Mode of travel at the time of the accident for 2014.  In 2013 about half the accidents were on foot. This suggests that cold winters are likely to have fewer vehicle breakthroughs. 

 

The 'age 50+' group continues to be just a little less than half of the total. 

 

 

 

Fatalities on North American Ice-March and April 2014
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A 12 year old boy walked onto an ice covered pond.  He fell through thin ice and drowned. He was an avid outdoor explorer and knew the area well.  His dad had spoken with him about the dangers of ice.  
Temperature and wind data for 11 days before the accident (from www.wunderground.com/)

The temperatures for the week before the accident were mostly below freezing.  The pictures in the news reports combined with the  wind and temperatures suggest that different parts of the lake caught at different times.  The ice with snow on it may have caught around Feb 26.  The bare ice may have caught as late as the night before the accident. At the cold temperatures of that night, ice can grow about an inch in 7 hours once a thin ice sheet forms.
This is an example of why ice formation is often complicated and why Gordon Giesbrecht's advice is spot on:  Stay off the ice or prepare to go through.  No one should be on ice without a lifejacket, a test pole,  ice claws, and a friend.  
Click here for more about ice and kids...
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A 56 year old man was riding at speed across Spider Lake at around 10:30 PM when he hit a rough area and was ejected from his sled. He did not survive.  His BAC was 0.14%.
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A woman (64) was walking her dogs in a park along the partially frozen Hudson River.  The temperature that day reached 54 degrees and the ice only extended about 50 feet into the river.  It was described as being two inches thick.   The dogs went  on the ice and  broke through.  The woman followed and also fell through.  She died and the dogs survived.
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A 57 year old man was riding his snowmobile at speed at about 2AM on an ice covered lake.  He lost control of the sled and was killed.  Speed and alcohol were listed at causes of the accident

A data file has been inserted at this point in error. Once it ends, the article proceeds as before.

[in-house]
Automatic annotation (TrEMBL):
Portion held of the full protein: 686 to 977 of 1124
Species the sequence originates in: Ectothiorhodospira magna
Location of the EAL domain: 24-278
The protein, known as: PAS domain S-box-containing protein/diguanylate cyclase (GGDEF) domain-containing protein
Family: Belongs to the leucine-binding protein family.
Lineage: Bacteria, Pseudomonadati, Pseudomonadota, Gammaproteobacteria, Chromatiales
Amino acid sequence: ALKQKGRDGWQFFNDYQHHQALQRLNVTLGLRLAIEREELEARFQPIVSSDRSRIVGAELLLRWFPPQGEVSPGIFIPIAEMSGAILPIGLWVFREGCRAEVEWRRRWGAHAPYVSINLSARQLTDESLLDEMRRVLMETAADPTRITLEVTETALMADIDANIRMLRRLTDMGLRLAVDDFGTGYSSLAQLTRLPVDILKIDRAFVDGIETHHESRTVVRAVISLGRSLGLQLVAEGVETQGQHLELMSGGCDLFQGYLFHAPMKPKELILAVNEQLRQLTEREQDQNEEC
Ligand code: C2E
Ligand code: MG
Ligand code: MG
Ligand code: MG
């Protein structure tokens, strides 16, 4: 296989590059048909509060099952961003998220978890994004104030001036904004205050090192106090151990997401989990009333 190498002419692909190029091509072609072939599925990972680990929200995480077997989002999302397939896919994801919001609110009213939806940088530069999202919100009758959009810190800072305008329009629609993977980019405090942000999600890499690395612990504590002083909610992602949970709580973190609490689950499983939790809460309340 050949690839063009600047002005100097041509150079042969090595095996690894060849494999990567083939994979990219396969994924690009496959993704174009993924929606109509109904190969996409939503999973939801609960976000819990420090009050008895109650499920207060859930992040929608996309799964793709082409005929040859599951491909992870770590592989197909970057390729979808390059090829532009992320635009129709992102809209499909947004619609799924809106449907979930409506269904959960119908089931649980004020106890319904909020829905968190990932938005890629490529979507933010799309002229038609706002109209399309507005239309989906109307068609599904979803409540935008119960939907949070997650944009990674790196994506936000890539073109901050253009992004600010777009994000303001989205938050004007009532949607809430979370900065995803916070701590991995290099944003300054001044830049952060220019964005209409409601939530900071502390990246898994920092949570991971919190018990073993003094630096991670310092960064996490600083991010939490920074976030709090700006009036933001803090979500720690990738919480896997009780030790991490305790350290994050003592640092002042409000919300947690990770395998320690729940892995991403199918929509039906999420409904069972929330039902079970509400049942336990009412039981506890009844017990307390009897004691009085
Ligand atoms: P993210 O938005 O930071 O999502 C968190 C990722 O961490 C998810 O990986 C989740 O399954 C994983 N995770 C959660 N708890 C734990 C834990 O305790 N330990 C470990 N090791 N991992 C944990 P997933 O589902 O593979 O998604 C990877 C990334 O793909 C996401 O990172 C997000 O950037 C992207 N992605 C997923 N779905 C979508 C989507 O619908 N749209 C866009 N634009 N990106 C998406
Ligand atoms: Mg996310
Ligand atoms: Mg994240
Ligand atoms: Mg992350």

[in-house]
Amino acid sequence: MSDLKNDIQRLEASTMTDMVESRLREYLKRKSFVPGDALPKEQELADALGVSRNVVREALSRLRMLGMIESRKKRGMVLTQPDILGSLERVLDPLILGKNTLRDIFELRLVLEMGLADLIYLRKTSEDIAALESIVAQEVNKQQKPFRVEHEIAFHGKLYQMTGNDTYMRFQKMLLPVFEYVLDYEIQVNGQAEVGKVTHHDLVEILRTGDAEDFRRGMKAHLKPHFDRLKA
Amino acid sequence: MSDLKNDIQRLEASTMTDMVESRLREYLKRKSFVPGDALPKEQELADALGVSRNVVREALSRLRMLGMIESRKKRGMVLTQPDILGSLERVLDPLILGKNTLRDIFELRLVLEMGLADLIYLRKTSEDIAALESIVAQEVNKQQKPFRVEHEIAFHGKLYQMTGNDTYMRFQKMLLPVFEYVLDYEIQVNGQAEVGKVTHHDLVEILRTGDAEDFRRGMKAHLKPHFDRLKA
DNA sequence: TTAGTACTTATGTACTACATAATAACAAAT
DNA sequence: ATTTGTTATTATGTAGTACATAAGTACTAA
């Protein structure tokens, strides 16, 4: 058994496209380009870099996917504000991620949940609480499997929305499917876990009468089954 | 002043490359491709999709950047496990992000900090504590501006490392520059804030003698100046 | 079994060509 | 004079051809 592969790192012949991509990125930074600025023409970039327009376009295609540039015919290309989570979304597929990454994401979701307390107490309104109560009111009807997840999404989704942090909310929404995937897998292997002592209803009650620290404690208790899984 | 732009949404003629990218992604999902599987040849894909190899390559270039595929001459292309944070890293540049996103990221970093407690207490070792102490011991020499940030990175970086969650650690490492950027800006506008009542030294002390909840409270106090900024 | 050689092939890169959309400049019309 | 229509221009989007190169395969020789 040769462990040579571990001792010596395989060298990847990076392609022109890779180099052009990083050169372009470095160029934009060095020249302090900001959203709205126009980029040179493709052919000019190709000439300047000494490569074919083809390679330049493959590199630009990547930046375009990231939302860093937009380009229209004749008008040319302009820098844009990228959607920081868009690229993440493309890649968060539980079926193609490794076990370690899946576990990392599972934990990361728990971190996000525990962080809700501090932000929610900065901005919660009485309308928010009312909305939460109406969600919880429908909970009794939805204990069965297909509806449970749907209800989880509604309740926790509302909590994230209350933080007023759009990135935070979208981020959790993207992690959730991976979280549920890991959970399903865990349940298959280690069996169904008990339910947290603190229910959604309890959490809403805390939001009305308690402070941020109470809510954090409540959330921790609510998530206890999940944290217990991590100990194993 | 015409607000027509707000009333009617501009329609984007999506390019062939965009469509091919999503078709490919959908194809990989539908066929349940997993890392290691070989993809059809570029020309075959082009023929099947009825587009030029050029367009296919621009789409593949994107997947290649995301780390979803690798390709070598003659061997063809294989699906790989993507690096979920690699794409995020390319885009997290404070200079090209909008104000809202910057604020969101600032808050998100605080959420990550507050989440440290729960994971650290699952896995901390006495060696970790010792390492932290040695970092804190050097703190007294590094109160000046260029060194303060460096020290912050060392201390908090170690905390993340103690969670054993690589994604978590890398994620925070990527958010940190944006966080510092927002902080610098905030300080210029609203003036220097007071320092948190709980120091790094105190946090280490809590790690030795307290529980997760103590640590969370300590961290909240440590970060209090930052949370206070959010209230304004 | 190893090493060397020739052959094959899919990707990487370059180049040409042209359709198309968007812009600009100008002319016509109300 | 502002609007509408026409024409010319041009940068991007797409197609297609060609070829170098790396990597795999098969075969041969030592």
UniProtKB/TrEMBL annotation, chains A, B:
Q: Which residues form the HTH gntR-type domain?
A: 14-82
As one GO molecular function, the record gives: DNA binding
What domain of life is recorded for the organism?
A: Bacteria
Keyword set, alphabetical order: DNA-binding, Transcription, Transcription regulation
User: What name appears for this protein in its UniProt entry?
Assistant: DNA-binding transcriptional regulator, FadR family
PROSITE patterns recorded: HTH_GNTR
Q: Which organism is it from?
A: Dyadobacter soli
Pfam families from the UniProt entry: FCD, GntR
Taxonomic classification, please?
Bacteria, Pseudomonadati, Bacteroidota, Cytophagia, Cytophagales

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The blue marker is on Mud Pond
(Graphs from www.wunderground.com/)
A 43 year old fisherman fell through thawed ice on Mud Lake.  The temperature had been above  freezing for four days and it had been windy for about half of that time. There were eight other days with an average temperature well above freezing earlier in the month.   
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A 45 year old man was working on a pump in a small pond which was partially or completely ice covered  when he slipped and fell in.  The peak temperature the day of the accident was 52 deg and the previous four days had never dropped below freezing and averaged about 41 degrees so the ice was probably pretty rotten. He ended up under the ice and was recovered by emergency personnel. 
Speculatively: When he slipped, he could easily have landed on the steeply sloped, slippery, mud under the water at the edge of the pond and ended up being directed to under the ice.  If he was standing a foot or two above the pond level he would have plenty of momentum for this to happen. 
 
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A 43 year old man stepped through well thawed ice at Sunset Pond Park,  about 15-10 feet from shore.   He was found face down.  Rescue was able to get there in four minutes and had the man back on shore in three more minutes.  He later died in the hospital. 
 The ice in the area of the pond where the accident took place largely went out by late on the next day.   
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Lake Sunapee NH, April 6, 2014

A 56 year old, very experienced kite sailor went sailing with 30 of his friends on Lake Sunapee on their last big outing for the 2014 ice season.  Early in the tour he flew his kite to the ice and laid down.  His friends came quickly, assessed the situation,  performed CPR, called 911 and contacted his wife.  He had a heart attack and passed away.  It turns out the man and wife were aware of this possibility and that they were glad he was able to be something he loved when he passed on.  After things settled down, the tour was continued in his honor.